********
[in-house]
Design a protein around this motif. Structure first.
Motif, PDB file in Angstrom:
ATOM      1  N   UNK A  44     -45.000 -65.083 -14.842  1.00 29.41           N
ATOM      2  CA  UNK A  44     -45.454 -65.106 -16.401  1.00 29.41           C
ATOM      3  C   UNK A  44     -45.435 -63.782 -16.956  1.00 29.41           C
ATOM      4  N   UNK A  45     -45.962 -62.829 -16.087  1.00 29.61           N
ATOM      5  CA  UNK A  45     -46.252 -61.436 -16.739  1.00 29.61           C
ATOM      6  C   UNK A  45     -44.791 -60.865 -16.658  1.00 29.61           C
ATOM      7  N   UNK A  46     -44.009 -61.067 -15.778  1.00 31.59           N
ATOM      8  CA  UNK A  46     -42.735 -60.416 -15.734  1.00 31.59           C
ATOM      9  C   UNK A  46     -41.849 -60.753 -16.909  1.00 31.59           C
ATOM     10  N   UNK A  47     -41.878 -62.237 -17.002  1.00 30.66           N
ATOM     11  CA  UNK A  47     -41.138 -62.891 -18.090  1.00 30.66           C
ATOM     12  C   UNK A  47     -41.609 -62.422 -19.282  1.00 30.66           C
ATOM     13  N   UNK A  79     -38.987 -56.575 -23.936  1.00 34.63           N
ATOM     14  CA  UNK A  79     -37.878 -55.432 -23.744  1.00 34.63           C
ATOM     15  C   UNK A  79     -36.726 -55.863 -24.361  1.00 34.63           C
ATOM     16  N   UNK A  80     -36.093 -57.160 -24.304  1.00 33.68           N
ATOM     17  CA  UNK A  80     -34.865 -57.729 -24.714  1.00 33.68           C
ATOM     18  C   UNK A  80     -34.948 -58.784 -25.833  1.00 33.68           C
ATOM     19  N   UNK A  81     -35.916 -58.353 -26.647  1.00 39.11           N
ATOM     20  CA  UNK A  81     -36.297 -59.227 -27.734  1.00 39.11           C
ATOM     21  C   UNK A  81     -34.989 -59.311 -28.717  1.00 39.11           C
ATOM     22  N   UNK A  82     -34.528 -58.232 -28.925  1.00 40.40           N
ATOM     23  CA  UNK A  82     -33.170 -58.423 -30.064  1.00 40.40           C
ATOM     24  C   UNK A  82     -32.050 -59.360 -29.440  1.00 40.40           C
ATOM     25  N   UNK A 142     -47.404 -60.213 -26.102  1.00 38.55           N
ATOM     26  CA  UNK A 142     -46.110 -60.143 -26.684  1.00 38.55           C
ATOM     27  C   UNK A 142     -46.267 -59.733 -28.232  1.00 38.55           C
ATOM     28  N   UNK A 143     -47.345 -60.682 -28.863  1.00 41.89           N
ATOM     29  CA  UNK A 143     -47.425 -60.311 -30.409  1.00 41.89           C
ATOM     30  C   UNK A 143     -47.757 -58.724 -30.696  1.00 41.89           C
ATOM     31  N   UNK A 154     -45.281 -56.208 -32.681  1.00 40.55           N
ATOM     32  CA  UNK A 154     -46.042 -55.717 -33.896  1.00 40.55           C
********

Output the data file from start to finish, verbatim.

[in-house]
Design a protein around this motif. Structure first.
Motif, PDB file in Angstrom:
ATOM      1  N   UNK A  44     -45.000 -65.083 -14.842  1.00 29.41           N
ATOM      2  CA  UNK A  44     -45.454 -65.106 -16.401  1.00 29.41           C
ATOM      3  C   UNK A  44     -45.435 -63.782 -16.956  1.00 29.41           C
ATOM      4  N   UNK A  45     -45.962 -62.829 -16.087  1.00 29.61           N
ATOM      5  CA  UNK A  45     -46.252 -61.436 -16.739  1.00 29.61           C
ATOM      6  C   UNK A  45     -44.791 -60.865 -16.658  1.00 29.61           C
ATOM      7  N   UNK A  46     -44.009 -61.067 -15.778  1.00 31.59           N
ATOM      8  CA  UNK A  46     -42.735 -60.416 -15.734  1.00 31.59           C
ATOM      9  C   UNK A  46     -41.849 -60.753 -16.909  1.00 31.59           C
ATOM     10  N   UNK A  47     -41.878 -62.237 -17.002  1.00 30.66           N
ATOM     11  CA  UNK A  47     -41.138 -62.891 -18.090  1.00 30.66           C
ATOM     12  C   UNK A  47     -41.609 -62.422 -19.282  1.00 30.66           C
ATOM     13  N   UNK A  79     -38.987 -56.575 -23.936  1.00 34.63           N
ATOM     14  CA  UNK A  79     -37.878 -55.432 -23.744  1.00 34.63           C
ATOM     15  C   UNK A  79     -36.726 -55.863 -24.361  1.00 34.63           C
ATOM     16  N   UNK A  80     -36.093 -57.160 -24.304  1.00 33.68           N
ATOM     17  CA  UNK A  80     -34.865 -57.729 -24.714  1.00 33.68           C
ATOM     18  C   UNK A  80     -34.948 -58.784 -25.833  1.00 33.68           C
ATOM     19  N   UNK A  81     -35.916 -58.353 -26.647  1.00 39.11           N
ATOM     20  CA  UNK A  81     -36.297 -59.227 -27.734  1.00 39.11           C
ATOM     21  C   UNK A  81     -34.989 -59.311 -28.717  1.00 39.11           C
ATOM     22  N   UNK A  82     -34.528 -58.232 -28.925  1.00 40.40           N
ATOM     23  CA  UNK A  82     -33.170 -58.423 -30.064  1.00 40.40           C
ATOM     24  C   UNK A  82     -32.050 -59.360 -29.440  1.00 40.40           C
ATOM     25  N   UNK A 142     -47.404 -60.213 -26.102  1.00 38.55           N
ATOM     26  CA  UNK A 142     -46.110 -60.143 -26.684  1.00 38.55           C
ATOM     27  C   UNK A 142     -46.267 -59.733 -28.232  1.00 38.55           C
ATOM     28  N   UNK A 143     -47.345 -60.682 -28.863  1.00 41.89           N
ATOM     29  CA  UNK A 143     -47.425 -60.311 -30.409  1.00 41.89           C
ATOM     30  C   UNK A 143     -47.757 -58.724 -30.696  1.00 41.89           C
ATOM     31  N   UNK A 154     -45.281 -56.208 -32.681  1.00 40.55           N
ATOM     32  CA  UNK A 154     -46.042 -55.717 -33.896  1.00 40.55           C